Following last week's warning of "credible intelligence" that al-Qa'eda is planning to disrupt the Nov 2 poll, counter-terrorism officials have admitted that they are looking into what legal steps would be necessary to delay the vote.
While the White House yesterday played down the chances of a delay, the news of the deliberations provoked a furious debate over the correct response to terrorism.
Democrats argued that planning for a possible postponement was over the top, citing the elections held on schedule in the Civil War and the Second World War.
They fear that public jitters over terrorism will boost President George W Bush's standing and, while anxious not to seem too relaxed, privately suggest that the warnings are based more on politics than real security concerns.
"I don't think there is an argument that can be made for the first time in our history to delay an election," said Senator Dianne Feinstein, a Democratic member of the Senate Intelligence Committee.
But Republicans suggested that the planning was a prudent response to allow for the "doomsday scenario" of another terrorist outrage.
"We don't have any intelligence to suggest that it is going to happen, but we're preparing for all of these contingencies now," Representative Christopher Cox, the Republican chairman of the House of Representatives Homeland Security Committee, told CNN.
He noted that New York election officials successfully postponed a primary election scheduled for September 11, 2001 after the hijackers flew two airliners into the World Trade Centre. "There isn't anybody that has that authority to do that for federal elections," he added.
According to Newsweek magazine, the deliberations began when a senior election official wrote to Tom Ridge, the Homeland Security Secretary, to point out that there was neither precedent nor planning for the postponement of a presidential vote.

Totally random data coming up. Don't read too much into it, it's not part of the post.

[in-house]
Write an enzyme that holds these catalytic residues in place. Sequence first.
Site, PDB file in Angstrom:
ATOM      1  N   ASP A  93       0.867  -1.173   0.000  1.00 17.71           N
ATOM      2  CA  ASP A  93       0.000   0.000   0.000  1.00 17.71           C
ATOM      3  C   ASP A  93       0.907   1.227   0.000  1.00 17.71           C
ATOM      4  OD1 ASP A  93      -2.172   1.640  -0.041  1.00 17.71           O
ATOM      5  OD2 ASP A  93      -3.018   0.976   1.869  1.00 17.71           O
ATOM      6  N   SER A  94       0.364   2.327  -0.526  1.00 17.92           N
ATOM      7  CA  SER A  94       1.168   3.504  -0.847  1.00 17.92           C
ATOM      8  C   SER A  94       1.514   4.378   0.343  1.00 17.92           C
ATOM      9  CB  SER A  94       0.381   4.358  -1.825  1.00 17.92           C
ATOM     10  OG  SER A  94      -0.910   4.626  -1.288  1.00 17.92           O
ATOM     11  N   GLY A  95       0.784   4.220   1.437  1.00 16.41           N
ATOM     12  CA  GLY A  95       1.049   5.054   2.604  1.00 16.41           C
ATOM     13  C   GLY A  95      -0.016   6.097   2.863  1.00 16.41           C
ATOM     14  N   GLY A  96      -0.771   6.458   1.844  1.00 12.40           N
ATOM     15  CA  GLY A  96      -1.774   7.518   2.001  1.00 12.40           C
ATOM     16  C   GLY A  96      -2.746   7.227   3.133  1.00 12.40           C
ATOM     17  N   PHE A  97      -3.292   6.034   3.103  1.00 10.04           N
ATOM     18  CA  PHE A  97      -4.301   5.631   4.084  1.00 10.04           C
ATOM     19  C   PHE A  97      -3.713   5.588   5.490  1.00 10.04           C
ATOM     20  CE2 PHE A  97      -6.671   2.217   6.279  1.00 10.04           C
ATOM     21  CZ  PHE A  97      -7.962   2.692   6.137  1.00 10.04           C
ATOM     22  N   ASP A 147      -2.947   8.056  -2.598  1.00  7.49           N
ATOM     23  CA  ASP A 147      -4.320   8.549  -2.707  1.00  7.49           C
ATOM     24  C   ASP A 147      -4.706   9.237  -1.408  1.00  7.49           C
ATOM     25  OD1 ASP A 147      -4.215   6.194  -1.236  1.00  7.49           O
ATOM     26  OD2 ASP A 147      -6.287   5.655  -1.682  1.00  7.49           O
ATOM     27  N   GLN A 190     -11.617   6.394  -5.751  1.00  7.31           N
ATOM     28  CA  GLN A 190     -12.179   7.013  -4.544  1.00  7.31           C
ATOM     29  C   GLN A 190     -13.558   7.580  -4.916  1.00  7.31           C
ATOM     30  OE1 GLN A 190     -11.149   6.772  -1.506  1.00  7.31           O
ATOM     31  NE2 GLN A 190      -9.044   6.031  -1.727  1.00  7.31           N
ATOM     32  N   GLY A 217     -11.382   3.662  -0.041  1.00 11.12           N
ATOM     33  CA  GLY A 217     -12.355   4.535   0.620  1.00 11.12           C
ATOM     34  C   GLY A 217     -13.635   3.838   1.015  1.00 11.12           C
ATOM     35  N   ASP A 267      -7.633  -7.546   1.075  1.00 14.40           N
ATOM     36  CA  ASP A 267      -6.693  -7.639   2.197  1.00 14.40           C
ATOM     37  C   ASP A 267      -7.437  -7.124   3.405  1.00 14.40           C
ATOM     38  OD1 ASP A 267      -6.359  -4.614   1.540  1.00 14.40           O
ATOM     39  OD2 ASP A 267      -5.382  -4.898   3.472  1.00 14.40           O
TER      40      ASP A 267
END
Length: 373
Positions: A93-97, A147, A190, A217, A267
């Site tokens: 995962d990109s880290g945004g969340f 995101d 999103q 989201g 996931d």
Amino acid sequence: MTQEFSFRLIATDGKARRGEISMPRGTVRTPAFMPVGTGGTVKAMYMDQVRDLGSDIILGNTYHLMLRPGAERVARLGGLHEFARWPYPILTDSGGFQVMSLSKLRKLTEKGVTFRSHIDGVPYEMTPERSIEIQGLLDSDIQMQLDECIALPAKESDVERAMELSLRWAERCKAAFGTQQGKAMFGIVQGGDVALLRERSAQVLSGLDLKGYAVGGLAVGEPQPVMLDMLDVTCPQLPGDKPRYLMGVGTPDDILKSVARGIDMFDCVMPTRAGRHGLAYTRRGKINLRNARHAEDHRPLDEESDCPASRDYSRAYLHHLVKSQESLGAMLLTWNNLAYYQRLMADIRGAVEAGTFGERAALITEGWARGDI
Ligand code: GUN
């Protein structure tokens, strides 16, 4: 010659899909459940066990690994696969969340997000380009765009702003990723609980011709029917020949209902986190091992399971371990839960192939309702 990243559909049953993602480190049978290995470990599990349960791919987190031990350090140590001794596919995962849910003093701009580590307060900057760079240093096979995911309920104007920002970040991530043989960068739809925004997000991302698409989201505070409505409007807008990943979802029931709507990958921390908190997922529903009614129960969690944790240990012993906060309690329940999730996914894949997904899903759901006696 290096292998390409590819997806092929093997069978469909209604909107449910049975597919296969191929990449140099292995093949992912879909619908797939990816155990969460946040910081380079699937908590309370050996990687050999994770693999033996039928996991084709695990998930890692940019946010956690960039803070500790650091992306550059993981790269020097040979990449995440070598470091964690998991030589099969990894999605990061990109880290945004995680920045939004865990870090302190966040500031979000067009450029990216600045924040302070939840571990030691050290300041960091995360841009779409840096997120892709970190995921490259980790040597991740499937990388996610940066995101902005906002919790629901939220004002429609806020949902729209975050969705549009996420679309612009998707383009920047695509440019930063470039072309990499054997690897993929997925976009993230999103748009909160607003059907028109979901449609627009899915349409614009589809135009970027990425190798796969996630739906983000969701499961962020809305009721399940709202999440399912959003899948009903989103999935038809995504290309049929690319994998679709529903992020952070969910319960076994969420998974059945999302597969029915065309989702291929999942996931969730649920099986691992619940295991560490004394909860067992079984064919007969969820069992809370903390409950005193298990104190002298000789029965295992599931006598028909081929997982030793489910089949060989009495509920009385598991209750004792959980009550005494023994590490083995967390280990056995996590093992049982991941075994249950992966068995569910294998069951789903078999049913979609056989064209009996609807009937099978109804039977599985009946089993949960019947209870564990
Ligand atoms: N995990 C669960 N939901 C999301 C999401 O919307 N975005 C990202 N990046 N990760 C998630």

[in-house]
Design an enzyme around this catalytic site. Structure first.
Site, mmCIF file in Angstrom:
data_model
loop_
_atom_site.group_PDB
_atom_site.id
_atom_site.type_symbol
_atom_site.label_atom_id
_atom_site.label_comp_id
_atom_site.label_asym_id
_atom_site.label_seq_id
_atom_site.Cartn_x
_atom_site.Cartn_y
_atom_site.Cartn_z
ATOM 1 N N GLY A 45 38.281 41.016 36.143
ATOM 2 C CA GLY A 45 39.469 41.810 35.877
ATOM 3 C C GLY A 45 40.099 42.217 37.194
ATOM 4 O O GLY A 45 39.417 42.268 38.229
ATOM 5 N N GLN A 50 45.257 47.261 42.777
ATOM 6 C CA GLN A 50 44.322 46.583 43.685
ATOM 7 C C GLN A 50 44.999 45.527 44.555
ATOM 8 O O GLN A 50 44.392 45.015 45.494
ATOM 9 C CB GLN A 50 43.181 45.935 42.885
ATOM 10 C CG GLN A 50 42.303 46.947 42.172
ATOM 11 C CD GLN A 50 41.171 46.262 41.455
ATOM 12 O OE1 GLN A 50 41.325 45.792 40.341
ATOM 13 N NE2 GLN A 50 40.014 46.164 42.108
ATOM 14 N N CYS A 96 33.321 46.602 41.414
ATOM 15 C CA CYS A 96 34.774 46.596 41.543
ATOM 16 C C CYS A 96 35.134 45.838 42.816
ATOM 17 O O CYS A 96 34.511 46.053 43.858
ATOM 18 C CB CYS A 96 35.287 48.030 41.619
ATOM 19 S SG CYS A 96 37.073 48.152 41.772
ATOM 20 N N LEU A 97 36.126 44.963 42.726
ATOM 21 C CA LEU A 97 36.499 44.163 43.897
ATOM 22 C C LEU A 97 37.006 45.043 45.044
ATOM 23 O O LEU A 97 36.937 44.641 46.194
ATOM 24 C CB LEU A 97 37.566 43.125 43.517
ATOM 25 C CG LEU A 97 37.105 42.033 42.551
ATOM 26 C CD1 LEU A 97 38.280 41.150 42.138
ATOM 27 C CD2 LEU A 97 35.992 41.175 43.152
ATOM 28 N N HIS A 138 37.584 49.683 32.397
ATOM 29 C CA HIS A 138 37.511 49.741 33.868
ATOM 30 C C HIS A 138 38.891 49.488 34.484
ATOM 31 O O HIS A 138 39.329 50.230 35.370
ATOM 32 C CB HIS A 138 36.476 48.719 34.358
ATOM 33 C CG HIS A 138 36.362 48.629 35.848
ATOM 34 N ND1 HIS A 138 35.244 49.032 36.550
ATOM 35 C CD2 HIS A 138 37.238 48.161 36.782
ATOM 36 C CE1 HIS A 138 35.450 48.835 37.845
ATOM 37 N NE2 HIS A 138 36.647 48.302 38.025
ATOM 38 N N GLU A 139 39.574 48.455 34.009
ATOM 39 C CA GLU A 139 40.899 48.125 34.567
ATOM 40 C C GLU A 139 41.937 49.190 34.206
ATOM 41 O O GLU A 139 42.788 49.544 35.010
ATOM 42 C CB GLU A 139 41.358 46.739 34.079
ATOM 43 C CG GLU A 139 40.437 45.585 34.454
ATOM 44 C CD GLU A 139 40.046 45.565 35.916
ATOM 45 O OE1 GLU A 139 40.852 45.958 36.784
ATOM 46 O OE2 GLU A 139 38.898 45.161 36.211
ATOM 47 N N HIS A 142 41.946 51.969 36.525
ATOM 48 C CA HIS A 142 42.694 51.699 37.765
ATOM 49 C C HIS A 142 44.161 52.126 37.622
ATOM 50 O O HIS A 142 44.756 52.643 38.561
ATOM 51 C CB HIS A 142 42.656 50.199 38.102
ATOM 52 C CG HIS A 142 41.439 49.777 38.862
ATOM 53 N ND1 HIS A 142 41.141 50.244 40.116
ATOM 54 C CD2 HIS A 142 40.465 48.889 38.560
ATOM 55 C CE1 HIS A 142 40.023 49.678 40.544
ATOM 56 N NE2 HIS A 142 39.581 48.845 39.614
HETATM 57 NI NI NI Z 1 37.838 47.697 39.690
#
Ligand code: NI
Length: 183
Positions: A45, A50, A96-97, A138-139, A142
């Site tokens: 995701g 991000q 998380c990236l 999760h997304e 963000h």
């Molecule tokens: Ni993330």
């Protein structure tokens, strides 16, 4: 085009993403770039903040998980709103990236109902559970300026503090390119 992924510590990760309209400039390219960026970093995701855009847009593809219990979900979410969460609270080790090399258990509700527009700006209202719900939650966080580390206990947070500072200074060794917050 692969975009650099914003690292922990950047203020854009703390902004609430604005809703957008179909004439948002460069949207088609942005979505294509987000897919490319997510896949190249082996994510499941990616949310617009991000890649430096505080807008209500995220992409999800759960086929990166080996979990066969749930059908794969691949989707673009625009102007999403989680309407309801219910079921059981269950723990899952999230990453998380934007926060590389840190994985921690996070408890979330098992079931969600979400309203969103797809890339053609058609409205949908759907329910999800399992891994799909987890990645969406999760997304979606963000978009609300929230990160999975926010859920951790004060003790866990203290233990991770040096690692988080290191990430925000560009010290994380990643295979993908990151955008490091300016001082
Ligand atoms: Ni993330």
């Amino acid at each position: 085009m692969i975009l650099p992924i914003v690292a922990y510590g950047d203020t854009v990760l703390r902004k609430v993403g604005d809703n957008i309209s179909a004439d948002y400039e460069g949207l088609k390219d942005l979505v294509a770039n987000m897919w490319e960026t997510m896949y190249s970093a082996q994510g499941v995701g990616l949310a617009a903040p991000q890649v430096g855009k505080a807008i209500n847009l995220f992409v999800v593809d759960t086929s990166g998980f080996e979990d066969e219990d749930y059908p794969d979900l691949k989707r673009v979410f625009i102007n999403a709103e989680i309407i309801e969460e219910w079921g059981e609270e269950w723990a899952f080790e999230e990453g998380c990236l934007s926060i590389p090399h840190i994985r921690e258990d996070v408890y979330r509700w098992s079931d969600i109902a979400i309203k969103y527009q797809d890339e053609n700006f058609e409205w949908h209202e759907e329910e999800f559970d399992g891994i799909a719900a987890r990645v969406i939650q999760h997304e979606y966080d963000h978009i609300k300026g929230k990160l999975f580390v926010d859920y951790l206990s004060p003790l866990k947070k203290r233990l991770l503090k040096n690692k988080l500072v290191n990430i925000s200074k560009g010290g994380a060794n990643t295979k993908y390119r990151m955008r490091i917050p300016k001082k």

DeForest Soaries, the chairman of the US Election Commission, which was set up after the disputed 2000 election to deal with logistical difficulties on polling day, said no federal agency had the authority to take the decision.
He suggested that Mr Ridge ask Congress to delegate the appropriate powers.
Mr Ridge gave warning last week that al-Qa'eda was plotting a "large-scale" attack to derail the election. But he conceded that there was no precise information about "time, place and method of attack".
With Mr Bush's re-election chances appearing at the moment to depend on public perceptions on the fight against terrorism and the war in Iraq, he launched a fresh defence of his record yesterday.
He travelled to Oak Ridge, Tennessee, to a plant storing parts of Libya's dismantled nuclear weapons programme. "Although we have not found stockpiles of weapons of mass destruction, we were right to go into Iraq," Mr Bush said.
The campaign of his rival, Senator John Kerry, has had a morale boost from his selection of Senator John Edwards as his running mate. But polls suggest an electoral boost of only a few percentage points.